What’s next for Donelan? According to Cush: We have experienced tremendous growth in the last 3 years: great vintages, an estate property, expanded the portfolio, a new winemaker and new territories. We are continuing to strive for the highest quality while maintaining a great customer experience. In the future we would like to acquire more property and ultimately a stand alone winery to call our own.

Enjoy some photos from my trip:

Barrels waiting for the juice
pH?  Brix?  TA? 
2am harvest decisions
Clusters just before harvest
Each large bin is about half a ton
Ready to go
Stems, stems, and more stems!
One more gratuitous "I Love Lucy" shot

Thank you to Cush for allowing me to tag on his harvest trip. And thanks to both Joe and Cush for allowing me to conduct these interviews. It was an absolute pleasure.

Have you experienced Donelan Wines before? If so, leave me a comment below and tell me about it!

Thursday, November 3, 2016

#WineStudio and Two Hands Wines

Disclosure: I received these Two Hands Wines samples for review as part of the #WineStudio program.

What is #WineStudio?

#WineStudio, the brainchild of Tina Morey, is an online Twitter-based educational program. Each month a different producer is selected, along with a lineup of wines from their portfolio. Anyone can participate in the weekly Twitter chats, yet only a select few are chosen to receive samples to accompany the conversation. Every Tuesday at 6pm (Pacific time), Tina hosts the group on Twitter at the WineStudio hashtag. Usually accompanying her is someone affiliated with the producer. Might be the winemaker, owner, salesperson, etc. Tina describes it as part instruction and part wine tasting. Discussion topics include: the producer history, the grapes, tourism, terroir, regional culture, food, etc. For each new topic Tina has seen dozens of original content pieces created, thousands of interactions via social media and millions of impressions created on our specific topic.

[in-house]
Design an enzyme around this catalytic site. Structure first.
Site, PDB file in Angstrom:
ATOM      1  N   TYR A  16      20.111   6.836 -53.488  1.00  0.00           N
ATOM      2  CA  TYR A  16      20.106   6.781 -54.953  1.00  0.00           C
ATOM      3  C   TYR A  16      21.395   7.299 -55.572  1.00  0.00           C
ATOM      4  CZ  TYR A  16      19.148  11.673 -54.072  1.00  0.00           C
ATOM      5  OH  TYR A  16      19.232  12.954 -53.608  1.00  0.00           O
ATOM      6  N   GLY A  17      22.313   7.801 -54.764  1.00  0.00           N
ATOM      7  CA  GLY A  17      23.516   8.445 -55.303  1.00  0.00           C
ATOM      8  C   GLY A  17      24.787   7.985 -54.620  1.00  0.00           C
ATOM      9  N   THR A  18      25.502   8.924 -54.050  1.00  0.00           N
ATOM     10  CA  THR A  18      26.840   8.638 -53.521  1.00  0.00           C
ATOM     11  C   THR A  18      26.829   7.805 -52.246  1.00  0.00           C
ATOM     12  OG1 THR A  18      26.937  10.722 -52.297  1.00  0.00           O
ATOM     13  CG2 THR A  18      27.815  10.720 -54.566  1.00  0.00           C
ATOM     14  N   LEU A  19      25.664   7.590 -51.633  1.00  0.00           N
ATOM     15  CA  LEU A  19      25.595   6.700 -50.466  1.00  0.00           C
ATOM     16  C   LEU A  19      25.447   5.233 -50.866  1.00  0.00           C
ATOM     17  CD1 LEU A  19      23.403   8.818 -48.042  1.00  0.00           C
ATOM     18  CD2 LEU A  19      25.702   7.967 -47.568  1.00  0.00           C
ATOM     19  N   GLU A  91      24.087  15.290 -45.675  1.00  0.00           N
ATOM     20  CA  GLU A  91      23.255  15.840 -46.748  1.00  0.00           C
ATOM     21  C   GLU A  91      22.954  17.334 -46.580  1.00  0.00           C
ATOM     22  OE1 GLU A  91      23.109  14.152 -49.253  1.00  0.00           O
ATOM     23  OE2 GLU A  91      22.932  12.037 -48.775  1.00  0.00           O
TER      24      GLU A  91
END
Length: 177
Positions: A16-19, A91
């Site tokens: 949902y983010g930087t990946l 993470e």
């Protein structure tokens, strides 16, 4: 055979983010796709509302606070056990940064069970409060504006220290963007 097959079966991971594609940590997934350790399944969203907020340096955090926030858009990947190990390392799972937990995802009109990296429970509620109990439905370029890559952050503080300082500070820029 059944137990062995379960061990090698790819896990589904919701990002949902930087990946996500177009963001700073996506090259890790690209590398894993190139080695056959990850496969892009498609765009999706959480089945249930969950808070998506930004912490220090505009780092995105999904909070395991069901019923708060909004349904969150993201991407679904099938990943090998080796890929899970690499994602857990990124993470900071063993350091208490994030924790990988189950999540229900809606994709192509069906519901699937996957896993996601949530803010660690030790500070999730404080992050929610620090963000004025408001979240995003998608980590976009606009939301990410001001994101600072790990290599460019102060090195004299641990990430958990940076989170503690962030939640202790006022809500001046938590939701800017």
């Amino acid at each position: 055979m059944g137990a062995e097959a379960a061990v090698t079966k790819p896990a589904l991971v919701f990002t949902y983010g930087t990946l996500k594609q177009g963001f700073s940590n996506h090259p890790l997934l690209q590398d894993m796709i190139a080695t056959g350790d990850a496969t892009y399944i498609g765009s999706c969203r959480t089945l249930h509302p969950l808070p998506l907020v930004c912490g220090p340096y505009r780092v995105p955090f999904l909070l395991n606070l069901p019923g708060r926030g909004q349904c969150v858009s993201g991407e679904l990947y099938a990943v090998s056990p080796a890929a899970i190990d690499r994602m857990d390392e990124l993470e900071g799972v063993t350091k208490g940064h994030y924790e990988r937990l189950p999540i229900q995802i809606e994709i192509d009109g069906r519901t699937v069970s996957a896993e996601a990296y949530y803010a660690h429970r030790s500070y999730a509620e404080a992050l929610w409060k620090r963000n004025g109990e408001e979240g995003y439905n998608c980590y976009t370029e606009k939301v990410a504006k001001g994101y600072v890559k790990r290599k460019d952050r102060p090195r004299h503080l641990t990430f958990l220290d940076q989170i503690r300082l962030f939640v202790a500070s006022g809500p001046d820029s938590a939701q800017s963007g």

October was the month of Two Hands Wines, hailing from Australia.

History of Two Hands Wines

Two Hands Wines was the brainchild of Michael Twelftree and a business partner in 1999. Their goal was to share Australian Shiraz with the world, and that they did. At the time, most exported Australian Shiraz was cheap, jammy industrial stuff. Not necessarily terroir-based wines. Two Hands crafted Aussie wines that showcased regionality and varietal differences. It started out as a negociant business, while they spent the time building their winery and acquiring vineyards along the way. Michael since has a new business partner, but is still very much involved. They export over 30% of their wines, and Michael has spent A LOT of time on the road maintaining relationships and creating a personalized experience for those who bring Two Hands into their portfolio, storefront, restaurant, etc. Ben Perkins, the winemaker for Two Hands Wines and has joined us on the weekly #WineStudio chats.

Photo: Milton Wordley

Picture Series